The Youth In My Family Now Have The Edge

The youth are taking over – at least it’s true in my family. Every year when my family gets together for Christmas we rent some ice and have a game of hockey.

We’ve been doing it for a long time now. When we started, I didn’t have to play very hard to show up the young guys.

It’s different now; each year my son and the nephews have gotten bigger, faster, stronger.

I still look forward to our little get-together but it takes a lot more out of me to keep up with them.

I guess that’s why there is so much focus on youth. They have all the potential; they are so agile; they have such great skill.

I see it in junior hockey, and especially in the annual world junior hockey tournament that’s about to start. It showcases the best young hockey talent in the world and everyone is playing for their country.

The speed at which these kids skate, and the moves they make – with and without the puck – is incredible.

That is why even the NHL is on a youth movement right now. To play in the NHL these days you have to be able to keep up with, or be better than, the 19 and 20 year olds.

Hockey highlight programs on TV show replay footage of teenagers in the NHL making incredible plays almost every night.

The youth really are taking over.

On the downside, the old guys like me are losing ground each year. We are not as fast as we once were; our hands are not what they once were.

Maybe more than all that is we don’t have the stamina or the energy we once had. I get winded quickly. I give a second thought to back-checking when the other team steals the puck.

In the friendly game we had this Christmas, I found it harder to keep the puck on my stick. Even the youngest of nephews was able to check the puck off me. I’d make a rush up the ice and that was about it for the next couple of minutes.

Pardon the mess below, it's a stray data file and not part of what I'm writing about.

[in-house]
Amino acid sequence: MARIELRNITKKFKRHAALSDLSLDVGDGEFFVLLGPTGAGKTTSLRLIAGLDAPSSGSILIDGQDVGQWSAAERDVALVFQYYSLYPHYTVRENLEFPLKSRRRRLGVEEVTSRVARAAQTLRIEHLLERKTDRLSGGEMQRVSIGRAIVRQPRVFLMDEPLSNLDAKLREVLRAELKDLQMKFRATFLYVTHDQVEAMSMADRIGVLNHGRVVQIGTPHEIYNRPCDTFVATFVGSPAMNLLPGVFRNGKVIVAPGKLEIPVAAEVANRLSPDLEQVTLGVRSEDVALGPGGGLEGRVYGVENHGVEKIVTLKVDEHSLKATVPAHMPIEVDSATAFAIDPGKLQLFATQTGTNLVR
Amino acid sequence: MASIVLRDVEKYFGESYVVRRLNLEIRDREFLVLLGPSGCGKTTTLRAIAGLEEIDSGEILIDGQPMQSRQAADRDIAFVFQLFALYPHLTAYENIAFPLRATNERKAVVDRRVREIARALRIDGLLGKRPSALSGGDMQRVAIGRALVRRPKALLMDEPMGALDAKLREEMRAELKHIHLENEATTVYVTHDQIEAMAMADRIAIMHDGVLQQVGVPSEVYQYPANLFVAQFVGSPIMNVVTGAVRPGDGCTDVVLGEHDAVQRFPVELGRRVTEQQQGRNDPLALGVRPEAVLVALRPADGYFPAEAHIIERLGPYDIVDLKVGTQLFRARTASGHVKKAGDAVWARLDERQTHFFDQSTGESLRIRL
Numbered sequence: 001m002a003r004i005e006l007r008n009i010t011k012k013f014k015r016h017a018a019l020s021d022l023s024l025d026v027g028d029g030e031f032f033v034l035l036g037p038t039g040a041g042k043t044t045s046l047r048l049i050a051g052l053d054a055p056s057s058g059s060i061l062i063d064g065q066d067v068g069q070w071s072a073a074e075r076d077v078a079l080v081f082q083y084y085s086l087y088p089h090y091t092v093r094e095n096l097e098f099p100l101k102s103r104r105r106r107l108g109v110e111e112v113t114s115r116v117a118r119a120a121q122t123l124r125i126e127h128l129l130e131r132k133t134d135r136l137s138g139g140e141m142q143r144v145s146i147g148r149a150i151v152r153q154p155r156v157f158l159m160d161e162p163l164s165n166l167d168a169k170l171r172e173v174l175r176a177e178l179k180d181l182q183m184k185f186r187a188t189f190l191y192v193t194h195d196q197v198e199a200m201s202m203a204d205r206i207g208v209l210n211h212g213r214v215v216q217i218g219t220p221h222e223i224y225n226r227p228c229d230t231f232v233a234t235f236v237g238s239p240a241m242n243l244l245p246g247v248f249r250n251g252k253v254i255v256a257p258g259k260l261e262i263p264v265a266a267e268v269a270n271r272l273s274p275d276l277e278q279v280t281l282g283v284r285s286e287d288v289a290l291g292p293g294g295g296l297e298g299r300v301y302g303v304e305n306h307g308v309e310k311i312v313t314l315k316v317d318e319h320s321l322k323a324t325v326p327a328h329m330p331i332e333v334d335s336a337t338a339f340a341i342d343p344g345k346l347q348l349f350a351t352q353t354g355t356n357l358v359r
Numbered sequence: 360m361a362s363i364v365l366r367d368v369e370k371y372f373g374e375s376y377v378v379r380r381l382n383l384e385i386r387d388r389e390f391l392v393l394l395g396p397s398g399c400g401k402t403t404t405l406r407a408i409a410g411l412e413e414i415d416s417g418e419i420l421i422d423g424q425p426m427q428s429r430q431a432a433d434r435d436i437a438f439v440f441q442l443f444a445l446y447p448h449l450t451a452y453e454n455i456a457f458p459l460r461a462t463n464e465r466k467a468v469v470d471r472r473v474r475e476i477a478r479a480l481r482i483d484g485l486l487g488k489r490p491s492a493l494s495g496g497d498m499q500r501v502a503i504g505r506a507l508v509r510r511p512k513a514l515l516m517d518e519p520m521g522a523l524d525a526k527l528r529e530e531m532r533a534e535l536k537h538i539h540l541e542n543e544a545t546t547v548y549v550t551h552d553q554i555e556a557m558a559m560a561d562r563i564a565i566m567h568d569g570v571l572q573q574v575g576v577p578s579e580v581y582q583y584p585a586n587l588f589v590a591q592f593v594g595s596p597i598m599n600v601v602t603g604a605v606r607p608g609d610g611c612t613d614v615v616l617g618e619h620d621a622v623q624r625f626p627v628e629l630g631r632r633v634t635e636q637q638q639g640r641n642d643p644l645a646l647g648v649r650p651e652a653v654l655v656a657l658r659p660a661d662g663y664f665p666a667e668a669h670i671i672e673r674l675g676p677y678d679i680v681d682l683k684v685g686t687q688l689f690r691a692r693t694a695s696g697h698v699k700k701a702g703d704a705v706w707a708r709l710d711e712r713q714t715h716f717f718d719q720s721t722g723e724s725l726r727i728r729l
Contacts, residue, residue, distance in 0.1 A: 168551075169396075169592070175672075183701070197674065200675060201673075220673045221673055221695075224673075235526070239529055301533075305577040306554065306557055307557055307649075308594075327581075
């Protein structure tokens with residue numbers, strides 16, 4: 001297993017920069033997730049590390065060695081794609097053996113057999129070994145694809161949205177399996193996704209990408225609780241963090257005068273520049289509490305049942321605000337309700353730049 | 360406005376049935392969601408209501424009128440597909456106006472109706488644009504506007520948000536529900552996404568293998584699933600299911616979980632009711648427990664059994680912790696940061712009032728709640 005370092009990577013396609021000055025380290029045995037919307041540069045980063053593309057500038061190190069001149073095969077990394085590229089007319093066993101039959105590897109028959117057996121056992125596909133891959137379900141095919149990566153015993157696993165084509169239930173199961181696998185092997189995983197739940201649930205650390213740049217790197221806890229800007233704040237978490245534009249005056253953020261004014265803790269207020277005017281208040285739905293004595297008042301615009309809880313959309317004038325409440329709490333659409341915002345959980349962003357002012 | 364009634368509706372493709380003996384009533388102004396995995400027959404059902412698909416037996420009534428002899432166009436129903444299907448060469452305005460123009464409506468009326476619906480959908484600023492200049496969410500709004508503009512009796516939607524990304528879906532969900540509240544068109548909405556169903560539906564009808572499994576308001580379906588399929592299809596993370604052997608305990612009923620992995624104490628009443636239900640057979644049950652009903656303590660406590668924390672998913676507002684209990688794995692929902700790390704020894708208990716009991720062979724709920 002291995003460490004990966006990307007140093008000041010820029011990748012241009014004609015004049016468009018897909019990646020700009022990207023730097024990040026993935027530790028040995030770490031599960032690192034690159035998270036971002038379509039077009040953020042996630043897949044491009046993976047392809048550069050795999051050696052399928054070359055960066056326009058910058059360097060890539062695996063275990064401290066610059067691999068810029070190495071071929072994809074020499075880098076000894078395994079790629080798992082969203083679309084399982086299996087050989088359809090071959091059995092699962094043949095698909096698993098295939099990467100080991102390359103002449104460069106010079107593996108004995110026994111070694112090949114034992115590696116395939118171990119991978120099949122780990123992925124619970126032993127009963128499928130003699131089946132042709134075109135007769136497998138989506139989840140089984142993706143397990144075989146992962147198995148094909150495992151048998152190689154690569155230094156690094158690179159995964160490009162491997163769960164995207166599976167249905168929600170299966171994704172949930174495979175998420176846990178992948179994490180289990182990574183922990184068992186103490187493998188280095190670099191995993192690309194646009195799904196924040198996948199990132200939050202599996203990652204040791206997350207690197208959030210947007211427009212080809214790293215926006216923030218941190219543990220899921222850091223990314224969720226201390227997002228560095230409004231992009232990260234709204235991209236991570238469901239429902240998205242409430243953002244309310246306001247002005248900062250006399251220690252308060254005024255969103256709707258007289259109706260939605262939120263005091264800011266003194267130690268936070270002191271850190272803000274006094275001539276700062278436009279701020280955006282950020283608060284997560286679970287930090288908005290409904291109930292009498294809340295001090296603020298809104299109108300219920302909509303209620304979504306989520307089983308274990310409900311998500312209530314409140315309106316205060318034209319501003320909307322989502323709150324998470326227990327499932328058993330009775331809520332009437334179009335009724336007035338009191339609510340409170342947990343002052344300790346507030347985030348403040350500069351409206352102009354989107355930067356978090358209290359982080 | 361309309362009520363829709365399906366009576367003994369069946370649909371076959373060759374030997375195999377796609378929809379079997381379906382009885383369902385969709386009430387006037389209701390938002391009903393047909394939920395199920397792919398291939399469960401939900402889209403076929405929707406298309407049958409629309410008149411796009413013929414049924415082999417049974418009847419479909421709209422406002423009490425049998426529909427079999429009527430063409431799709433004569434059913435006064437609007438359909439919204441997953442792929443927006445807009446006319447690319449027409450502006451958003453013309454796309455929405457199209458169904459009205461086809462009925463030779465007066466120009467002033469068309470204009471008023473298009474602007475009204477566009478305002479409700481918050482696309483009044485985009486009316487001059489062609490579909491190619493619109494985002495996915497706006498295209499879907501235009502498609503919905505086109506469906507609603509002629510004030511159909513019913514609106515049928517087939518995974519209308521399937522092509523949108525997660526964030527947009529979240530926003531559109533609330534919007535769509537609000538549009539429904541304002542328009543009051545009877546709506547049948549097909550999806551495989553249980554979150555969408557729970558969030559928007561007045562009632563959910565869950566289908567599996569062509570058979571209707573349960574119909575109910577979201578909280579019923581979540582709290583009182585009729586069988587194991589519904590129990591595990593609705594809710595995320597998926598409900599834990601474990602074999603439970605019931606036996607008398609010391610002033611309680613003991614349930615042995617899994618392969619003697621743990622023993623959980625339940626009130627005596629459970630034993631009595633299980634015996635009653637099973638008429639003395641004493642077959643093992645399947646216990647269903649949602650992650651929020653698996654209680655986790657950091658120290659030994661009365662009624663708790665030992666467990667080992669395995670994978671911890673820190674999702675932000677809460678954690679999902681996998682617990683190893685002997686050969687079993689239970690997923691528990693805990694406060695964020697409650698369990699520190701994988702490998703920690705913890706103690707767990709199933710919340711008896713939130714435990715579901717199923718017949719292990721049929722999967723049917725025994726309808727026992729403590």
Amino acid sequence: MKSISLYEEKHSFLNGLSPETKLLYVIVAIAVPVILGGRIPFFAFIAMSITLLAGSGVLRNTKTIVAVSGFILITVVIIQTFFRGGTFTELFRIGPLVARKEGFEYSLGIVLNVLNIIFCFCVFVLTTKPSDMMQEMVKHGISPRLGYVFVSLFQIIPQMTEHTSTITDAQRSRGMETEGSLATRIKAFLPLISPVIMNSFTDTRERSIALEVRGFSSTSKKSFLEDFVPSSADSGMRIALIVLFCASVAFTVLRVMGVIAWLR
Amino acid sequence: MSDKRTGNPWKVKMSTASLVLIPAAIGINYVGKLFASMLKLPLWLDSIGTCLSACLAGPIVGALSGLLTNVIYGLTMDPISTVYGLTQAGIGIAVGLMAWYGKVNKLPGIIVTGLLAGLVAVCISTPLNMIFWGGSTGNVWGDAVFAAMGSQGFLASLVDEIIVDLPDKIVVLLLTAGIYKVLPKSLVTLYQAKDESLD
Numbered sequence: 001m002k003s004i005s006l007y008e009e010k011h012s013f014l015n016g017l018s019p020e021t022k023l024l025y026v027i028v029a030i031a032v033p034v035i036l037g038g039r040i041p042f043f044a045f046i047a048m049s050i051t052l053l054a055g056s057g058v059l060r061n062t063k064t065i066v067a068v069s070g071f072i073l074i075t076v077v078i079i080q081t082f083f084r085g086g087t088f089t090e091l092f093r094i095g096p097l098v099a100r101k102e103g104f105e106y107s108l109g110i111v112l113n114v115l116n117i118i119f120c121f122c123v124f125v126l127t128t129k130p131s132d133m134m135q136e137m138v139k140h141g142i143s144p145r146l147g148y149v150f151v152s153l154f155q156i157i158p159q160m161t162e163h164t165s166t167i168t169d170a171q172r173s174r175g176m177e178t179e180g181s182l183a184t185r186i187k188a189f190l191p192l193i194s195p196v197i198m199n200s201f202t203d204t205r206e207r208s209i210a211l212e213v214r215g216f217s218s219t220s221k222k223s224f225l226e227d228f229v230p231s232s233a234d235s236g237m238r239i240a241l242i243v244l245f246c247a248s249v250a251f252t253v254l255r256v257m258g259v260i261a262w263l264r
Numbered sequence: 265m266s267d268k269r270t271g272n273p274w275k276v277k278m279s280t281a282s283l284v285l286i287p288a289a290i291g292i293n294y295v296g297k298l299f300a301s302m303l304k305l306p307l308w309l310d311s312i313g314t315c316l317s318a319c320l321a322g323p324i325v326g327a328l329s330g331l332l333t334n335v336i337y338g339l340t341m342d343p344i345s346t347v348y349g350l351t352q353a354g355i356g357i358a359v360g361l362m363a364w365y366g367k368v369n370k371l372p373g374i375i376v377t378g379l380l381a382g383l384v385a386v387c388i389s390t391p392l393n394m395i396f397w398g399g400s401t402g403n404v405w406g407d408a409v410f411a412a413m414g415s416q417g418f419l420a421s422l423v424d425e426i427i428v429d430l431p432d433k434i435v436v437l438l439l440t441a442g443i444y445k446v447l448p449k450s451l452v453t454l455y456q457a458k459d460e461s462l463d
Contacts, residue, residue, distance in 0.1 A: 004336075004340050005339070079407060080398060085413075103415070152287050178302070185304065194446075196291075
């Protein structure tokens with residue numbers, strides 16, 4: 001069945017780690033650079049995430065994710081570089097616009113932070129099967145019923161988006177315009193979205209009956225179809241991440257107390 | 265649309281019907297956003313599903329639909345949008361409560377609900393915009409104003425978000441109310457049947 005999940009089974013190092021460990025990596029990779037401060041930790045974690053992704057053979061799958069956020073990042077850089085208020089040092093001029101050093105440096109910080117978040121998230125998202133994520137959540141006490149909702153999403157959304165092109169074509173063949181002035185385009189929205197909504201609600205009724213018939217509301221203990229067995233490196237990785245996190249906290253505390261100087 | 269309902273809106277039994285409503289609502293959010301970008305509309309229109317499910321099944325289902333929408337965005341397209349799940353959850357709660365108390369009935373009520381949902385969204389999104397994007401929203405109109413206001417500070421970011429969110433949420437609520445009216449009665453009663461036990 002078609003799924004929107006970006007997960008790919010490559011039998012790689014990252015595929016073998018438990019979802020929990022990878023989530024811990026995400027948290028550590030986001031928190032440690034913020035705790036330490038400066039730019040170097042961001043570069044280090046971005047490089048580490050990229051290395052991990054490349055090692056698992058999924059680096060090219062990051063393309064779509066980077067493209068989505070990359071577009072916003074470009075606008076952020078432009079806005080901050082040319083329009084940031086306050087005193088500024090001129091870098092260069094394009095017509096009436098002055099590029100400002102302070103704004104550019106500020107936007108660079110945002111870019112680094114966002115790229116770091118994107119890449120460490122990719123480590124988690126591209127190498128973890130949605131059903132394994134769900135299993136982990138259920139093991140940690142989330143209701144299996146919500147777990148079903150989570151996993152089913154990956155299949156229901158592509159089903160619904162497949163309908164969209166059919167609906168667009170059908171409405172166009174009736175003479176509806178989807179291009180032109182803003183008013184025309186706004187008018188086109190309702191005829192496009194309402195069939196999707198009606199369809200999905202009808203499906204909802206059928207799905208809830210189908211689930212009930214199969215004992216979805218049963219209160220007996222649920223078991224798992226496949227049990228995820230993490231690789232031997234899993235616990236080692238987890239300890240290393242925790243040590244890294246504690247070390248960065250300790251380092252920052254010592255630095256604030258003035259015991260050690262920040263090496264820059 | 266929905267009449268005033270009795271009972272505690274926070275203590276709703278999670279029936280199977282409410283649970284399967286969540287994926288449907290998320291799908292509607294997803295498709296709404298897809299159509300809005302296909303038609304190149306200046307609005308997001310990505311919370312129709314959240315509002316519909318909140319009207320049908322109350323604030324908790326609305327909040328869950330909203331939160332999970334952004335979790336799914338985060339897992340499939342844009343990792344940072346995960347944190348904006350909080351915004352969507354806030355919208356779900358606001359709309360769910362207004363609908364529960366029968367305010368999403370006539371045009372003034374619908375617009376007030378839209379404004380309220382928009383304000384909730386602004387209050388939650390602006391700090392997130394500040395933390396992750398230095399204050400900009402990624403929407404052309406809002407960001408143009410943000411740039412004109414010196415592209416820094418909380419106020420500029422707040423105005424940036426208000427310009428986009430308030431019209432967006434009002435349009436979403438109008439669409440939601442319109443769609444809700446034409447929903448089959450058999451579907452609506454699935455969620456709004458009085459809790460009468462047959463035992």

I remember when I was younger I could play all day and never tire. I hated having to go to the bench. I only went to give others a chance to play; I sure didn’t need the rest!

Now I take short shifts and actually enjoy my time when I’m on the bench, catching my breath. … Although with my past heart issues, I will often pace behind the bench to bring my heart rate down slowly.

Don’t get me wrong, I can still keep up, but they are starting to take over. There’s more of them and they are more dominant now.

I guess I should be sad to see the changing of the guard, knowing that it’s time to step aside for the youth movement in our family.

But you know, you also can’t help but see yourself in family. When I see my son or one of my nephews skate up the ice, I only have pride.

Here’s the thing: The more we start to age, the more we notice how the youth are taking over. But when it comes to spiritual things, we should allow the ancient one, the God of Abraham and Isaac to take over. That is the one area where youth don’t run the show. Let Christ take over your life. Here’s wishing you a very Merry Christmas.

That’s Life!